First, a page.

Fascists vs Muslim Immigrants in Athens?

Jason Pitzl-Waters —  December 1, 2010 — 50 Comments

The New York Times has report on a rising tide of violence against Muslim immigrants in Athens, Greece.

Immigrants have been beaten and stabbed near central squares, and several makeshift mosques have been burned and vandalized. In the most grievous attack, at the end of October, the assailants locked the door of a basement prayer site and hurled firebombs through the windows, seriously wounding four worshipers. “The attacks are constant — I’ve never seen anything like this,” said Naim Elghandour, who moved to Athens from Egypt in the 1970s and now heads the Muslim Association of Greece. “I used to be treated like an equal. Now I’m getting death threats.”

The Greek media are linking the rise in violence to Chrysi Avgi (“Golden Dawn”), a neo-fascist Greek organization that, like several European racist groups, embraces a National Socialism-tinged brand of Pagan occultism. While Chrysi Avgi’s ideology nows tolerates Greek Orthodox Christianity (most likely out of political necessity), their continued embrace of Paganism has alienated some Hellenic Nationalists. Nor is this simply a small band of  thugs with dreams of a Fourth Reich, this “Golden Dawn” have gained political clout and popular support on a wave of discontent over Greece’s fiscal meltdown, getting their founder, Nikolaos Michaloliakos, elected councilman in the Athens Municipal Council on November 7th.

The party appears to have fed off public anger against illegal immigrants in central Athens, a sentiment that has been rising partly because of the troubled economy. “Chrysi Avgi is still marginal, but it is not a welcome development,” says [University of Athens political science professor Kostas] Ifantis. “When things in a society are not going well, there is room for demagogues.”

Meanwhile, politicians who criticize this troubling trend, like current Republic of Cyprus president Dimitris Christofias, are defensively criticized and ridiculed when they dare to speak out.

Christofias became the first Cypriot president to address the Hellenic Parliament to mark 50 years of the Cyprus Republic. During his speech, he made reference to the coup by the Greek junta, and subsequent Turkish invasion, saying that some had not learned from the past. He referred specifically to the appearance in Cyprus of “destructive” mentalities of extreme organisations like Chrysi Avgi (Golden Dawn) and others.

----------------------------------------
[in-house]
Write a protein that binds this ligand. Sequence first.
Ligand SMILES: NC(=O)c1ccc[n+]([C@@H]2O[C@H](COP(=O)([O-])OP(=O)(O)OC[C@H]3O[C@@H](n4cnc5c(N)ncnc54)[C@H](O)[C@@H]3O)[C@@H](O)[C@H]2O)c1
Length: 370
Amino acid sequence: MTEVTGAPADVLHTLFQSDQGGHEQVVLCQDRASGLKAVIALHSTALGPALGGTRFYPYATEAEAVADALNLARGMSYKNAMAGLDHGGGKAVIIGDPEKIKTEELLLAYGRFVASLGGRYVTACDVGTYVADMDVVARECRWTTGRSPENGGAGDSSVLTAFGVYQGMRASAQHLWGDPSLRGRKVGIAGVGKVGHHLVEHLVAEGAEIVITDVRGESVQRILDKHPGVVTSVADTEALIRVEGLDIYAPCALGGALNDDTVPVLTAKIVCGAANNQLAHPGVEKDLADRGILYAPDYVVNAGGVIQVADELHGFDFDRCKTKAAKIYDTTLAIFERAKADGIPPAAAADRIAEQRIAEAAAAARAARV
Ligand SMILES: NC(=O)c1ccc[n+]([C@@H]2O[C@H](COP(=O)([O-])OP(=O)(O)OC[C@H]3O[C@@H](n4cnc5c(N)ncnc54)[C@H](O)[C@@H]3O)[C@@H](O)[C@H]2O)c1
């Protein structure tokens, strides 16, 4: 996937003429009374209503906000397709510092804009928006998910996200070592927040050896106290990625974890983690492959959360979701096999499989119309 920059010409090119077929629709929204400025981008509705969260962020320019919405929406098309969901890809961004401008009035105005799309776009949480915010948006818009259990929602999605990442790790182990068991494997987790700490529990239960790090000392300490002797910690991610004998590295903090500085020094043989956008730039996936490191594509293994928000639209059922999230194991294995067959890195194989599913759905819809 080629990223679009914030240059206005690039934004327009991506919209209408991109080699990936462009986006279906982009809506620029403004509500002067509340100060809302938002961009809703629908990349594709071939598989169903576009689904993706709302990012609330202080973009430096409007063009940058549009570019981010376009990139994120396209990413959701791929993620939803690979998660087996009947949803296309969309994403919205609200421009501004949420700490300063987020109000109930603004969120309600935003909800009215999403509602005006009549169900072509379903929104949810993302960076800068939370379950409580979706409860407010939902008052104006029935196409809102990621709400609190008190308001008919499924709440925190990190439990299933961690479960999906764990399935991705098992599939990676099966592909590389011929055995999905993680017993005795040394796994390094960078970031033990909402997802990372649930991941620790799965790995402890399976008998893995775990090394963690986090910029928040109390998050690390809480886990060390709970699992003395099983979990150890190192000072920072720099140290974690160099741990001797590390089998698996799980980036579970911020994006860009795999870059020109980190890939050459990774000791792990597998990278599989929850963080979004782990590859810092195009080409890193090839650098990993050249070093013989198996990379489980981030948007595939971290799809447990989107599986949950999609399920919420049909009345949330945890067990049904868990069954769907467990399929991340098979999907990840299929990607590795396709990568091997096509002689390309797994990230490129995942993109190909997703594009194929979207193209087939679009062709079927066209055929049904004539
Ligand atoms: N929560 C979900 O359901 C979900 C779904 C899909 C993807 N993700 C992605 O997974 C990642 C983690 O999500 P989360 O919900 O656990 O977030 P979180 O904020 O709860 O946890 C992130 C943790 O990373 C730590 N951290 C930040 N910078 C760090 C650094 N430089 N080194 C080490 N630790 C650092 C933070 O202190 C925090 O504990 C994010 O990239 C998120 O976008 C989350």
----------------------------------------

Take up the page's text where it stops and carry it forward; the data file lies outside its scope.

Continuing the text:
“Every democrat feels indignation and outrage when they see on the internet the unrepentant grandfather teaching his three-year-old grandson the slogan ‘Long live the junta’ in front of the framed shield of the fascistic junta hanging on the wall…the child holding the pistol and being taught to kill Turks and communists,” Christofias said. He was referring to a video posted on Facebook by a civil servant in a senior position made public last week. An opinion piece in Phileleftheros yesterday accused the president of taking an isolated incident of “blatant perversion” and using it in the most historic speech ever given by a Cypriot president.

What’s clear is that violence and tensions continue to rise, and extreme right-wingers are growing ever-more bold.

“A large mosque with minarets in the city center will be a provocation,” said Dimitrios Pipikios, the head of a residents’ group in Aghios Panteleimonas, where Chrysi Avgi drew 20 percent of the vote in recent elections. Mr. Pipikios said the only way to ease tensions was to deport immigrants. “There is no room for us all,” he said, adding that extreme rightists were patrolling the area “because the police are not doing their job.”

The tactics, beliefs, and rhetoric of Chrysi Avgi are a stain on Athens, and on the reputation of Pagans living in Greece that are fighting for equal treatment in the Orthodox-controlled country. No matter what the true depth of their connection to modern Pagan worship is, neo-fascist appropriation of pre-Christian symbolism, thinkers, and beliefs harms us all. Giving ammunition to those who would brand fascism as an outgrowth of “pagan” belief systems. There can be no alliance or sympathy for those who twist and appropriate our faiths in this manner, who think that violent thuggery is the proper response to immigration or poverty. One can only hope that the election of Michaloliakos was an aberrant political blip that will soon correct itself.